Lib Dem Councillors - the first 100 days

August 14, 2019 5:30 PM
Originally published by Spelthorne Liberal Democrats

As a result of the May elections, Lib Dem representation on Spelthorne Council increased from two to eight and became the official opposition. So what have the new group been doing in the first 100 days?

Being an effective opposition councillor first requires that you get to know the Council's people and procedures. This is done by a combination of formal and informal learning. New members have attended up to 15 formal training sessions covering topics varying from emergency planning, via members code of conduct to affordable housing. As important as the formal sessions are, taking the opportunity to speak to Council officers or other experienced members enables a new councillor to get a sense of how things really are on the ground. It is not possible to make a difference until you understand the different parts of the Council and how they interact to provide the local services that we rely on.

The briefings give new councillors the chance to ask questions and your Lib Dem councillors have been making the most of the opportunities. It has been noticeable how few questions the new Tory councillors have been asking - either they already know everything or don't have the same level of curiosity as the new opposition councillors. Many of the questions asked have tended to challenge the status quo and so maybe this explains the balance of enquiry.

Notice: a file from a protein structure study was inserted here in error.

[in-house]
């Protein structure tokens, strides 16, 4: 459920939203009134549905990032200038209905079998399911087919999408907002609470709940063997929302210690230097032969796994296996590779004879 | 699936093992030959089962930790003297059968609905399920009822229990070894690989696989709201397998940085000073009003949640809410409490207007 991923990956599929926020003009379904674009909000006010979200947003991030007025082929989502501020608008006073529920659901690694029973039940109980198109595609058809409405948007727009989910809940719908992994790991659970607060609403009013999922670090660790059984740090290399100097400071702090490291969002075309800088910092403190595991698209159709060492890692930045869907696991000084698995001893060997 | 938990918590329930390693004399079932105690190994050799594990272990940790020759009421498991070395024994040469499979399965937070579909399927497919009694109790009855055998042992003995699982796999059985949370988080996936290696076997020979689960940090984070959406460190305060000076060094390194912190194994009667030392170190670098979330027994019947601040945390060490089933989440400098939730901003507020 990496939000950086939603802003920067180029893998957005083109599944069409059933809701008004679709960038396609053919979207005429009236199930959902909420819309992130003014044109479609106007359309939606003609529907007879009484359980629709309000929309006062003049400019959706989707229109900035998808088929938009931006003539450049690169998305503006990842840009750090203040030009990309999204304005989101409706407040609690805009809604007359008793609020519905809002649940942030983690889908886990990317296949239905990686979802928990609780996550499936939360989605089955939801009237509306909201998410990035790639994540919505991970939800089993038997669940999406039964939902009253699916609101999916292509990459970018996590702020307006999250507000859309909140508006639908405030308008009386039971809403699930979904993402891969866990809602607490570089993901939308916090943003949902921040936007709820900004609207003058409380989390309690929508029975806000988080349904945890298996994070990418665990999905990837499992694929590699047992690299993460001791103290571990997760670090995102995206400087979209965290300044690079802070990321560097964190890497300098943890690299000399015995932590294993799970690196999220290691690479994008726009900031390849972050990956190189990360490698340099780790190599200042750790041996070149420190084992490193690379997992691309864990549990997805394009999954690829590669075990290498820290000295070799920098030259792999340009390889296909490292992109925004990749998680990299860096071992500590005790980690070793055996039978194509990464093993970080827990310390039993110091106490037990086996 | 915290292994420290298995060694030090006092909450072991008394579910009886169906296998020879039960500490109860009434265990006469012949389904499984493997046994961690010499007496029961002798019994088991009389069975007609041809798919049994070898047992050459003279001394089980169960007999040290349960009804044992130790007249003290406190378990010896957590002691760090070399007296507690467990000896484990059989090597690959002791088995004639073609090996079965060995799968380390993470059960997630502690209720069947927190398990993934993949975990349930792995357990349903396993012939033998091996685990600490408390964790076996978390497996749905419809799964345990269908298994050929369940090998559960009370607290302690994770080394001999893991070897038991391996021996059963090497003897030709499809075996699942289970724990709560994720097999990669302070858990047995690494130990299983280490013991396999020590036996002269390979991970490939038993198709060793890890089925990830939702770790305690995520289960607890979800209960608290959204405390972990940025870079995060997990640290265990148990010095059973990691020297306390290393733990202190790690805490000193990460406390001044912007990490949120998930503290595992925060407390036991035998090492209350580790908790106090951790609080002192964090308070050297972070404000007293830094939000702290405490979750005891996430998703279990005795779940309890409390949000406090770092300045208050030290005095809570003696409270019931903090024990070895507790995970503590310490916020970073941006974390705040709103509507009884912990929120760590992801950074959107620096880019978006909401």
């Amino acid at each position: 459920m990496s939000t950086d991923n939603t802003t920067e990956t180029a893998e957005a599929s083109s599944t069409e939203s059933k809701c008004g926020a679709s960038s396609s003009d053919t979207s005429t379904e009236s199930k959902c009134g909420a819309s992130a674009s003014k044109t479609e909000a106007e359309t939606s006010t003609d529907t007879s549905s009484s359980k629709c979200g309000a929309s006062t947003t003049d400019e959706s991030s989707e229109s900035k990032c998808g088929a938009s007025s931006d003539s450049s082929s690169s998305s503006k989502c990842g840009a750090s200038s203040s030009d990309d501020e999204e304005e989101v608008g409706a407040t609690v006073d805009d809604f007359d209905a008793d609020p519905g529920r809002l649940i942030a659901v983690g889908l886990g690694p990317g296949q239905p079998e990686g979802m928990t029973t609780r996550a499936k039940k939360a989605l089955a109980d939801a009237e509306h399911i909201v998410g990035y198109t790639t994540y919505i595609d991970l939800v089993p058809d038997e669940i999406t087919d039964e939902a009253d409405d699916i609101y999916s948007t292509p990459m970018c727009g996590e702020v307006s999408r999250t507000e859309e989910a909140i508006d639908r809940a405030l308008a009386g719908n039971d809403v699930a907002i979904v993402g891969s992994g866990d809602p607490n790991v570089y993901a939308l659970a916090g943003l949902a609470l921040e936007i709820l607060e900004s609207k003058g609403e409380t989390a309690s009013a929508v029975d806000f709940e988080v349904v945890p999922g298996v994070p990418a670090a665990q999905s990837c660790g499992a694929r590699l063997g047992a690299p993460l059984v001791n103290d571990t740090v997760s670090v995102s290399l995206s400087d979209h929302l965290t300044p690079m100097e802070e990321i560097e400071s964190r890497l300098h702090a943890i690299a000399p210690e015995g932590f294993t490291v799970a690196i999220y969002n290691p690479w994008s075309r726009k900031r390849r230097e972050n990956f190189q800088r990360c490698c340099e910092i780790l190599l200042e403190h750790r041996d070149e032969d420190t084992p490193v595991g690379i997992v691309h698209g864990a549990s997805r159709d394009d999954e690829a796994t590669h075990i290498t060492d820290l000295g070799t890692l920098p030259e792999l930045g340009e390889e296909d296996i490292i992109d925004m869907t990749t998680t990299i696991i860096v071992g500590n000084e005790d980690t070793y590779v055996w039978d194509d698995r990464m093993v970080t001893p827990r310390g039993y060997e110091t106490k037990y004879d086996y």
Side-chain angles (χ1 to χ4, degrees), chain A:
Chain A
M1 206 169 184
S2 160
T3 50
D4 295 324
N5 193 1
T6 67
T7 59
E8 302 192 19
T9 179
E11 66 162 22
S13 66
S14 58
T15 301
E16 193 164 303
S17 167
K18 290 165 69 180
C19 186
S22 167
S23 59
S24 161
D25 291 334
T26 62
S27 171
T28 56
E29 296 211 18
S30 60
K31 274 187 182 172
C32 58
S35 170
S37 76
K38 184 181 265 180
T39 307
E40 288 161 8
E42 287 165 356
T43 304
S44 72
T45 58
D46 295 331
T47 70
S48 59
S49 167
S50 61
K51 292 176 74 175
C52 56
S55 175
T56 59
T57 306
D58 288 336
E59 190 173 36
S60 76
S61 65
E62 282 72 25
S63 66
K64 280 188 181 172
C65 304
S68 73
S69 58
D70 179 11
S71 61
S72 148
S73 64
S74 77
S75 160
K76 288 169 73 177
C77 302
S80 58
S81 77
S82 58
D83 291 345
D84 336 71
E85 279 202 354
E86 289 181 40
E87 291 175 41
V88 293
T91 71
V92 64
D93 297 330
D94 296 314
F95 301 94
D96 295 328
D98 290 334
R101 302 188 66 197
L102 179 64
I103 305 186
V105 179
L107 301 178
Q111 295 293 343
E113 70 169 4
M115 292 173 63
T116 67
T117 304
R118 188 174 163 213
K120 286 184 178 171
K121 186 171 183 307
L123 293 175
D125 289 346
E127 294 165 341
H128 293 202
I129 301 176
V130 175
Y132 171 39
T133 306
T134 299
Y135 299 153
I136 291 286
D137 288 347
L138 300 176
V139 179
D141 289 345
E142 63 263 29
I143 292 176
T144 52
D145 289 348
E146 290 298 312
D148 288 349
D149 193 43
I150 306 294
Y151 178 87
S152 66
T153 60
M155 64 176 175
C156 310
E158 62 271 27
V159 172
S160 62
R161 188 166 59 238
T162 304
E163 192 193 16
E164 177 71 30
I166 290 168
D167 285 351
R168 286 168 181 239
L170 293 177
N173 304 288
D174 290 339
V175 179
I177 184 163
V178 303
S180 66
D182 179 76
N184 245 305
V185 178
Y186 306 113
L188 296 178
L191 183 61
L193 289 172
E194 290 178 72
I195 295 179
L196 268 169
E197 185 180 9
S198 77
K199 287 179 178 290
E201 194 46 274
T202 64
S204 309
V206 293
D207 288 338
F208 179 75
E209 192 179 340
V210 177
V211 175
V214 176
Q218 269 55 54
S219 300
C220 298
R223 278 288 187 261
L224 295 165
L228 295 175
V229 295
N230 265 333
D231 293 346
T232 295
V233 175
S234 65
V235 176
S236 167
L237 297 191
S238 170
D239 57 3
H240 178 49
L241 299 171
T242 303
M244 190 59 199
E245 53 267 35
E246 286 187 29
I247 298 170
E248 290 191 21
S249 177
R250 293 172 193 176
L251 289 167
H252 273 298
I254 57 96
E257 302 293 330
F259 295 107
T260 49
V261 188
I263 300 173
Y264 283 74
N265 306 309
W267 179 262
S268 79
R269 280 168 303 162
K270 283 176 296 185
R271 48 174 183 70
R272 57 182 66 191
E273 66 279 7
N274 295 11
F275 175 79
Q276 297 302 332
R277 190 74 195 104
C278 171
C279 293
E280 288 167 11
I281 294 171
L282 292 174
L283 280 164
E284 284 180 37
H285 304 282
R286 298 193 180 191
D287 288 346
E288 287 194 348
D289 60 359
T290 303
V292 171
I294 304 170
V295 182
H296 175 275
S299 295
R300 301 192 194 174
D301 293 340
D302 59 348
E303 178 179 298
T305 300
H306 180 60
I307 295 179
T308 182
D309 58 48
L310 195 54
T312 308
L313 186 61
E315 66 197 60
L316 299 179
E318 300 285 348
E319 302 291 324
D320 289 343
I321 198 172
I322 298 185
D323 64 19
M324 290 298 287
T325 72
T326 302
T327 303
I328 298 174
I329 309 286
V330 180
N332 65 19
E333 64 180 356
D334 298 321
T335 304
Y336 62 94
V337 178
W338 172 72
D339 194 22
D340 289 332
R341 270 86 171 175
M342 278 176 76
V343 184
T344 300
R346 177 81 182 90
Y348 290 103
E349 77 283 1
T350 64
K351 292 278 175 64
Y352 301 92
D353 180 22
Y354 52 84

As well as getting up to speed your Lib Dem councillors have been attending the full Council (twice) and committee meetings. The committees in particular are opportunities to get directly involved with key aspects of the Council's activities, such as dealing with planning applications or reviewing the accounts. We've also submitted a motion opposing Heathrow Expansion, our first motion since May.

Your new Lib Dem councillors are committed to getting really involved in all aspects of the Council, holding the Tory administration to account, fearlessly asking the key questions and effectively representing local residents.